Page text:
The question remains, does the use of antibiotics in production animals pose a risk to human health? In a recent review, it was stated that the actual danger appears small and the low dosages used for growth promotion (generally below 0.2% per ton feed) could not be regarded as a hazard (Phillips et al., 2004). Antibiotics are used in animals and humans, and most of the resistance problem in humans arises from medicinal use.
Resistance may develop in bacterial populations present in production animals, and resistant bacteria can contaminate animal-derived food, but adequate cooking destroys most bacteria. Growth-promoting antibiotics predominantly active against Gram-positive bacteria have very little or no effect on the antibiotic resistance of salmonellae and consequently on infections caused by salmonellae. In some parts of the world, antibiotics used to treat animals and added to feed as growth promoters may have adverse effects when associated resistance is taken into account.
The same antibiotics are often used to treat humans (Phillips et al., 2004). In contrast, Piddock (2002) could not find clear evidence that antibiotic-resistant bacteria isolated from animals, cause infections in humans, for example quinolone-resistant strains of Salmonella serovar Typhimurium DT104 are not transmitted through production animals. The flouroquinolones used therapeutically in animals appear to pose little threat to human health. Flouroquinolone resistance was recorded in bacteria isolated from humans, in countries where the use of this growth promoter is banned such as Sweden, Finland and Canada (Rautelin et al., 1993; Sjögren et al., 1993; Gaudreau and Gilbert, 1998).
Faecal flora isolated from a healthy person may contain antibiotic resistant enterococci, but most enterococci isolated from animals do not colonize the human intestine (Dupont and Steele, 1987; SCAN, 1996, 1998; Bezoen et al., 1999; Butaye et al., 1999; Acar et al., 2000). E. coli resistance is more likely to be driven by antibiotic use in humans, although an animal origin for at least some clinical isolates cannot be excluded (Gulliver et al., 1999). The banning of antibiotic usage in animal feed remains a controversial issue especially in the way that it affects farming with production animals.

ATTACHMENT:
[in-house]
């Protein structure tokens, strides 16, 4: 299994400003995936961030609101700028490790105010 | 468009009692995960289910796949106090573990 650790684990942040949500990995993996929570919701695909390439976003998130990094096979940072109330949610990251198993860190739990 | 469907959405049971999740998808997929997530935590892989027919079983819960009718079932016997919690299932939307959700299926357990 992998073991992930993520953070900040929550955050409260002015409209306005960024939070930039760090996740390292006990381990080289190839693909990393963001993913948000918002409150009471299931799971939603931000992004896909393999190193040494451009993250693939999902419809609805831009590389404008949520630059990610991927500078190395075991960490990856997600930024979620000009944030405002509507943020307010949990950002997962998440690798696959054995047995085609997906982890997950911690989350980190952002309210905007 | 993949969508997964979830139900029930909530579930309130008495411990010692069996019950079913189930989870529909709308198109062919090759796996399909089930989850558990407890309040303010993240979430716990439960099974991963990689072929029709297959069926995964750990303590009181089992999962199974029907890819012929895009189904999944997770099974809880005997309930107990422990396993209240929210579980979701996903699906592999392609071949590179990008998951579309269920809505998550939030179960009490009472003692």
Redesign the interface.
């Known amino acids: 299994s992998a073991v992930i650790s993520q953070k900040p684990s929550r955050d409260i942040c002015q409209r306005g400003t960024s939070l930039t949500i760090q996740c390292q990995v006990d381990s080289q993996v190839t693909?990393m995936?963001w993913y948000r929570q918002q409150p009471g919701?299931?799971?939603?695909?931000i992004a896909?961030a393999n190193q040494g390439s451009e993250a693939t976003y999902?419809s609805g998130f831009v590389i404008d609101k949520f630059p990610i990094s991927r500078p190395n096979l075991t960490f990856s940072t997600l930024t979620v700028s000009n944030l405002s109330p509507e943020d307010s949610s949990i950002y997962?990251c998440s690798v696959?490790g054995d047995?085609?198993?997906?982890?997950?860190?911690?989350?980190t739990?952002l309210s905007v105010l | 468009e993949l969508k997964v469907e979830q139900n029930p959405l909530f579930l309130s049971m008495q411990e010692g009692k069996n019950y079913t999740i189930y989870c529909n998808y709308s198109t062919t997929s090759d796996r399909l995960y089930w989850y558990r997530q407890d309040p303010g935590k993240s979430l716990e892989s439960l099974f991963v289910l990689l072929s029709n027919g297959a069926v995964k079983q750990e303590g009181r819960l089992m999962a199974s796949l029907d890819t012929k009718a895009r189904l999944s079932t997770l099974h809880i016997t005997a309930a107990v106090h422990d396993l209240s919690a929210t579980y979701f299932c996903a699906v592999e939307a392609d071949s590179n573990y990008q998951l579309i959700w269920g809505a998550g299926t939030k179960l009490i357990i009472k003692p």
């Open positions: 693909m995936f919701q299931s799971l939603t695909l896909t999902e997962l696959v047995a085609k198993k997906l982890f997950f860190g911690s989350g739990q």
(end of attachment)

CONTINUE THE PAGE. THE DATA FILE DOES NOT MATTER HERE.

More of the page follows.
Many natural substances have been investigated as alternatives to conventional chemotherapeutic agents (Turner et al., 2002). Probiotics are one approach used to improve piglet health and deal with intestinal problems encountered during rearing (Vanbelle et al., 1990). Other approaches include acidification of feed or water (Chapman, 1988), altering dietary formulations for small piglets, the development of feeds with lower protein content (Lawrence, 1983), and vaccination with attenuated pathogens or with strains genetically modified (Greenwood and Tzipori, 1987; Trevallyn-Jones, 1987). The administration of growth hormones, somatostatin immunization and enzyme supplementation were also considered as alternatives to antibiotic treatment (Thacker, 1988).
Treatment with psychopharmacological drugs (Björk et al., 1987), utilization of the lacto-peroxidase system (Reiter, 1985) and stimulation of hormone-like proteins (anti-secretory factors) capable of reversing intestinal hyper secretion to reduce symptoms of diarrhoea (Lönnroth et al., 1988) were proposed. Some esoteric substances such as zeolite have reduced diarrhoea in piglets and increased feed efficiency (Mumpton and Fishman, 1977). Natural substances that enhance growth performance and immune function in pigs include plant products such as seaweed, saponins extracted from certain desert plants, spices and herbs (Turner et al., 2002). Probiotic preparations may be incorporated in prophylactic agents and it is important to know the mode of action to anticipate the dosage levels (Jonsson and Conway, 1992). The use of probiotics should not exclude other alternatives and a combination of treatments may be complimentary and more effective.
ThThe large population of LAB present in the digestive tract of a healthy animal makes piglets ideal candidates for probiotic dosage. The genetic background, physiological health status and diet of the animal may influence the effectiveness of probiotic preparations (Jonsson and Conway, 1992). It appears difficult to establish a probiotic permanently in the digestive tract of the host animal. Most studies indicate that the indigenous microflora are very efficient in preventing new organisms from establishing permanently (Jonsson and Conway, 1992). Other general disadvantages of probiotics include their high price and the fact that a high dosage of administration is required (Guerra et al., 2007). More basic knowledge of the digestive ecosystem is needed to obtain consistent effects from probiotics. With the introduction of molecular based techniques such as FISH, this might be achieved in the future.